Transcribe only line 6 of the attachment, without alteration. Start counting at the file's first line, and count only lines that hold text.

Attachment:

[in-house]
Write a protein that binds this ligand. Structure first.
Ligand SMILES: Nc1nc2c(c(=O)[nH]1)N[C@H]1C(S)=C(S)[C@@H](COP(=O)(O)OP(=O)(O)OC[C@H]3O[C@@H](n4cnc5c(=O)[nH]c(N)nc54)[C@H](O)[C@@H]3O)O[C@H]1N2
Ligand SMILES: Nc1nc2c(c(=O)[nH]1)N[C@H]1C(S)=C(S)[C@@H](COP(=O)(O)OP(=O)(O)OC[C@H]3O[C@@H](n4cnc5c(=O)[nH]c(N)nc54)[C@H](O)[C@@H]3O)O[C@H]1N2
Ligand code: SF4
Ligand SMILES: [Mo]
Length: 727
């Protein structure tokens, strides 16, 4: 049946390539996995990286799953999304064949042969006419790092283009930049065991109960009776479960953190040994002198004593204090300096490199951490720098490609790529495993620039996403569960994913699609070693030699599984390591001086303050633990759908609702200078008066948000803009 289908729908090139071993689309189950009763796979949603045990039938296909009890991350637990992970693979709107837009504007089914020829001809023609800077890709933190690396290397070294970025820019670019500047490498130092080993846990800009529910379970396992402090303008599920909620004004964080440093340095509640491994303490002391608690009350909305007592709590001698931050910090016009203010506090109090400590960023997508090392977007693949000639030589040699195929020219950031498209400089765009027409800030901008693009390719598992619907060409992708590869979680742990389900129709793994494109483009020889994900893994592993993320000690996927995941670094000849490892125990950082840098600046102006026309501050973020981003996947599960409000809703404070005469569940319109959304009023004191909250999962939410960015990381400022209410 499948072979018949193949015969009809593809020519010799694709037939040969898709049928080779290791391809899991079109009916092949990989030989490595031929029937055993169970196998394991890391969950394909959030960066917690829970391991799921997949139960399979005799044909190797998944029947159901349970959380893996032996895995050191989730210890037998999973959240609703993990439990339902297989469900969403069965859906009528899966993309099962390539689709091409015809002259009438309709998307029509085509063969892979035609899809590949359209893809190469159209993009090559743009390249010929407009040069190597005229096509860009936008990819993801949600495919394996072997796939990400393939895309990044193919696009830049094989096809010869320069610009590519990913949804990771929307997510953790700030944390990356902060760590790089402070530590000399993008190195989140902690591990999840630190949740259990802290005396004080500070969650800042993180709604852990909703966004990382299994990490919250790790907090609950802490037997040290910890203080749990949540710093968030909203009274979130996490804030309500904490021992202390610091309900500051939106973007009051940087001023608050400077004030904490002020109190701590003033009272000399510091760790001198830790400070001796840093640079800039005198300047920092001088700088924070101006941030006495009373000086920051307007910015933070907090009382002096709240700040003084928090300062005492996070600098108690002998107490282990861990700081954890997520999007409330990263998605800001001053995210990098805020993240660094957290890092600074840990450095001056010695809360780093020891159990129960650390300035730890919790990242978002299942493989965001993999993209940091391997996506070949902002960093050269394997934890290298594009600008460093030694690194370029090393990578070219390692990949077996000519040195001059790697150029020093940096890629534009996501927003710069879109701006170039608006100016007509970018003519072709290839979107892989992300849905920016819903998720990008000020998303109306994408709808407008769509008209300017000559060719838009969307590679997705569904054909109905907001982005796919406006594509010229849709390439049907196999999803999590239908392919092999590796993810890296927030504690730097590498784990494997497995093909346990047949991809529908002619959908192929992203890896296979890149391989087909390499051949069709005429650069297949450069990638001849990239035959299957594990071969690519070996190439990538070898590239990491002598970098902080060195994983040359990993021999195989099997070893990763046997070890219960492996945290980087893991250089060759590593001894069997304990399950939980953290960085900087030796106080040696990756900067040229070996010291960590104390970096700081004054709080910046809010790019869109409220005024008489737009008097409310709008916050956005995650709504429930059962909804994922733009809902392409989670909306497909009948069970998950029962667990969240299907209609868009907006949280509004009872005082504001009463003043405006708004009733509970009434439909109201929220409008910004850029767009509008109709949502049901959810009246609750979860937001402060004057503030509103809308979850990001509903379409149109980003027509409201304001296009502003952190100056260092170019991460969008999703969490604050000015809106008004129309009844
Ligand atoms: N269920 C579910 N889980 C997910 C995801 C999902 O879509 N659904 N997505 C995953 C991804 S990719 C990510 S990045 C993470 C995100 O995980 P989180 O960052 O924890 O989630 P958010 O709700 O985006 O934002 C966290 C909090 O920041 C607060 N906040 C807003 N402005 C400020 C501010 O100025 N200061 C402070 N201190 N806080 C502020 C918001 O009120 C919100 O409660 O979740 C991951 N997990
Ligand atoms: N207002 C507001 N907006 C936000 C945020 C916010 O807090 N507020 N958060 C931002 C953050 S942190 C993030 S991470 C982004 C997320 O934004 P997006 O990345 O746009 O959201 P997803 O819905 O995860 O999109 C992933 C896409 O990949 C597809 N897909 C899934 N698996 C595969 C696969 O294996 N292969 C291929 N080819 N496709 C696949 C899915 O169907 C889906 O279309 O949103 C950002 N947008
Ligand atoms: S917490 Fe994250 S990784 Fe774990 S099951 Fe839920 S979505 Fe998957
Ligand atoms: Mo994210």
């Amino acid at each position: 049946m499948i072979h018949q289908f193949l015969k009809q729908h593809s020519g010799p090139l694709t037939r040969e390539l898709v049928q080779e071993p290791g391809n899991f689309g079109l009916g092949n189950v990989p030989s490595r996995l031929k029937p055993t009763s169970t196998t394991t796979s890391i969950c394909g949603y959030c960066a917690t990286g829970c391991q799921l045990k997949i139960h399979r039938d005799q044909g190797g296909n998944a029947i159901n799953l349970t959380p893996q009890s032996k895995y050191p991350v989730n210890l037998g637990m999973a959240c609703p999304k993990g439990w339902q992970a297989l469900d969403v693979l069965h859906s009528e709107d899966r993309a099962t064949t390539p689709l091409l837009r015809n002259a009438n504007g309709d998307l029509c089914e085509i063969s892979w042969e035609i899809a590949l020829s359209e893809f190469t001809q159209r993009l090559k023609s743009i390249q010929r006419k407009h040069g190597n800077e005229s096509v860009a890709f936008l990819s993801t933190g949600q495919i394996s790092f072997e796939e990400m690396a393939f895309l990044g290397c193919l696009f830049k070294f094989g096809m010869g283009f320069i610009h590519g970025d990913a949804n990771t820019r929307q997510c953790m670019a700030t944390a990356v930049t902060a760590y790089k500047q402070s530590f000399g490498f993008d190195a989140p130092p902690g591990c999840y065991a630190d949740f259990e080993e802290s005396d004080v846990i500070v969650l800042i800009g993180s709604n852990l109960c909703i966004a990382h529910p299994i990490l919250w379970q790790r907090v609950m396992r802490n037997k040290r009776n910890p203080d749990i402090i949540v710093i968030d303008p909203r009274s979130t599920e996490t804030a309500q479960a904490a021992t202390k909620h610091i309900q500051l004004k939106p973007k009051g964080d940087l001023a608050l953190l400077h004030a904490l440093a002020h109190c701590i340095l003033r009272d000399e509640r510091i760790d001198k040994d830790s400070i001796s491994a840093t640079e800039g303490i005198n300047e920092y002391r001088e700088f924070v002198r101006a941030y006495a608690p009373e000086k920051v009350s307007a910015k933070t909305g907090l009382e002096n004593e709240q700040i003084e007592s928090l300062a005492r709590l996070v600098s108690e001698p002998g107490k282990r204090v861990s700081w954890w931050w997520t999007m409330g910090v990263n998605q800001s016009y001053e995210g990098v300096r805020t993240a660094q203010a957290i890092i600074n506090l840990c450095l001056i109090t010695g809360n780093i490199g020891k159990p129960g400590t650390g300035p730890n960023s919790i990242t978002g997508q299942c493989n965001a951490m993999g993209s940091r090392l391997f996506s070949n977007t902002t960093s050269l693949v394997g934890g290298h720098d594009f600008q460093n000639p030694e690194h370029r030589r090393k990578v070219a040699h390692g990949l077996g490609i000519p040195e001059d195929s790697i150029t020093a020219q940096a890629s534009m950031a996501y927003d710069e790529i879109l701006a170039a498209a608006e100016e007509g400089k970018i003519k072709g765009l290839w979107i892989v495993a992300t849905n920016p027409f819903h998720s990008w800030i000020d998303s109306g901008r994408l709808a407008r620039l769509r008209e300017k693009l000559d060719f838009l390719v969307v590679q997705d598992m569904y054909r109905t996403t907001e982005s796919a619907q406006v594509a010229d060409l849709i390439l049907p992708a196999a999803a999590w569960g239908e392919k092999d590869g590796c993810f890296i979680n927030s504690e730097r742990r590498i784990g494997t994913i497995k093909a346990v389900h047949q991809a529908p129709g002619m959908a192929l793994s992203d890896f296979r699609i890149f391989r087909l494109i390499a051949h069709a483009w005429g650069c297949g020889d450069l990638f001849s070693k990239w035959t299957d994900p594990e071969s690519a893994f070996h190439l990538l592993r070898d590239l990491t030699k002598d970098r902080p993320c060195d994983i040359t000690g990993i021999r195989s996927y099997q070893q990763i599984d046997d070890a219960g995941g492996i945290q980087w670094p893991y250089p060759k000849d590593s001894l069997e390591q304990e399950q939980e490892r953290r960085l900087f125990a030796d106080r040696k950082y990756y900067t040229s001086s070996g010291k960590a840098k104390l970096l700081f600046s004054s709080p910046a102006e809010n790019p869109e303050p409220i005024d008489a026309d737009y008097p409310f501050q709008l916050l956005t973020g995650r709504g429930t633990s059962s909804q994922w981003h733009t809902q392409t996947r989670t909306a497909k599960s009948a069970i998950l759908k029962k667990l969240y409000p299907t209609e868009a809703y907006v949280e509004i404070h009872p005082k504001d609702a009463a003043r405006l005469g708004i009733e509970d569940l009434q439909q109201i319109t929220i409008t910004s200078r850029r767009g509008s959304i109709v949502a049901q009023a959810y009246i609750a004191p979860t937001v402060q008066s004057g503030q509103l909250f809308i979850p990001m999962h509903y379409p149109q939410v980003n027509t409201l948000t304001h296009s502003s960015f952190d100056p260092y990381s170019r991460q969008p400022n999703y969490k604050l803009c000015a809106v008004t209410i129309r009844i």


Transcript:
Ligand SMILES: [Mo]